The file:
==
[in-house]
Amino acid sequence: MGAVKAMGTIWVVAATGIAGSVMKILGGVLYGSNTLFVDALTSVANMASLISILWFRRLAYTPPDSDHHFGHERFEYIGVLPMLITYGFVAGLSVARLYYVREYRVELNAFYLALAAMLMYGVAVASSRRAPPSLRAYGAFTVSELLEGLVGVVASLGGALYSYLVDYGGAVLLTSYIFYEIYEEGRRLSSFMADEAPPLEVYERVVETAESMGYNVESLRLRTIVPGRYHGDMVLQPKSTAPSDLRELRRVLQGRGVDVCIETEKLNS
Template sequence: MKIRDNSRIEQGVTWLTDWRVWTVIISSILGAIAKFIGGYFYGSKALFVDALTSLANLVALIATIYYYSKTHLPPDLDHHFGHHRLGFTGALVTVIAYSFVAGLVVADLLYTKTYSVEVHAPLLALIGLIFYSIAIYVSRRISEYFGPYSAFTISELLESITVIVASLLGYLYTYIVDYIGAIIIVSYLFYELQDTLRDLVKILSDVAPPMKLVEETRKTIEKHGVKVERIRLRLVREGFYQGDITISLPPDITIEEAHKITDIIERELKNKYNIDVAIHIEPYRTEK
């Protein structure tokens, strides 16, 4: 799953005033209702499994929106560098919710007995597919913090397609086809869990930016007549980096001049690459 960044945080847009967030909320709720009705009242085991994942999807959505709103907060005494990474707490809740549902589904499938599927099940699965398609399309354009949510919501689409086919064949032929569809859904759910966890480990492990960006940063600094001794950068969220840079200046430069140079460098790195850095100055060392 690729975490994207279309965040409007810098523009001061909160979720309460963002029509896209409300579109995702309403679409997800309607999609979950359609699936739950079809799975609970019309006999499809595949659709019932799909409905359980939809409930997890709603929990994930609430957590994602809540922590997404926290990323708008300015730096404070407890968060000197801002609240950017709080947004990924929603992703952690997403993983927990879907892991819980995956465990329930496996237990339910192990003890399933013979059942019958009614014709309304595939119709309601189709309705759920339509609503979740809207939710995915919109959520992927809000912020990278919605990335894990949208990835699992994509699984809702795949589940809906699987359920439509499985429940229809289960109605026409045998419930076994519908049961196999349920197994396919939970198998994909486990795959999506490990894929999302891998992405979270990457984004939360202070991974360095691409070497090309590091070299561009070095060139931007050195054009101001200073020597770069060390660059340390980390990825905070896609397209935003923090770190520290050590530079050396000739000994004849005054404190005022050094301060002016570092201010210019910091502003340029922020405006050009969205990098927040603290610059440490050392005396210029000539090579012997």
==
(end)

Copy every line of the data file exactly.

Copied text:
[in-house]
Amino acid sequence: MGAVKAMGTIWVVAATGIAGSVMKILGGVLYGSNTLFVDALTSVANMASLISILWFRRLAYTPPDSDHHFGHERFEYIGVLPMLITYGFVAGLSVARLYYVREYRVELNAFYLALAAMLMYGVAVASSRRAPPSLRAYGAFTVSELLEGLVGVVASLGGALYSYLVDYGGAVLLTSYIFYEIYEEGRRLSSFMADEAPPLEVYERVVETAESMGYNVESLRLRTIVPGRYHGDMVLQPKSTAPSDLRELRRVLQGRGVDVCIETEKLNS
Template sequence: MKIRDNSRIEQGVTWLTDWRVWTVIISSILGAIAKFIGGYFYGSKALFVDALTSLANLVALIATIYYYSKTHLPPDLDHHFGHHRLGFTGALVTVIAYSFVAGLVVADLLYTKTYSVEVHAPLLALIGLIFYSIAIYVSRRISEYFGPYSAFTISELLESITVIVASLLGYLYTYIVDYIGAIIIVSYLFYELQDTLRDLVKILSDVAPPMKLVEETRKTIEKHGVKVERIRLRLVREGFYQGDITISLPPDITIEEAHKITDIIERELKNKYNIDVAIHIEPYRTEK
């Protein structure tokens, strides 16, 4: 799953005033209702499994929106560098919710007995597919913090397609086809869990930016007549980096001049690459 960044945080847009967030909320709720009705009242085991994942999807959505709103907060005494990474707490809740549902589904499938599927099940699965398609399309354009949510919501689409086919064949032929569809859904759910966890480990492990960006940063600094001794950068969220840079200046430069140079460098790195850095100055060392 690729975490994207279309965040409007810098523009001061909160979720309460963002029509896209409300579109995702309403679409997800309607999609979950359609699936739950079809799975609970019309006999499809595949659709019932799909409905359980939809409930997890709603929990994930609430957590994602809540922590997404926290990323708008300015730096404070407890968060000197801002609240950017709080947004990924929603992703952690997403993983927990879907892991819980995956465990329930496996237990339910192990003890399933013979059942019958009614014709309304595939119709309601189709309705759920339509609503979740809207939710995915919109959520992927809000912020990278919605990335894990949208990835699992994509699984809702795949589940809906699987359920439509499985429940229809289960109605026409045998419930076994519908049961196999349920197994396919939970198998994909486990795959999506490990894929999302891998992405979270990457984004939360202070991974360095691409070497090309590091070299561009070095060139931007050195054009101001200073020597770069060390660059340390980390990825905070896609397209935003923090770190520290050590530079050396000739000994004849005054404190005022050094301060002016570092201010210019910091502003340029922020405006050009969205990098927040603290610059440490050392005396210029000539090579012997």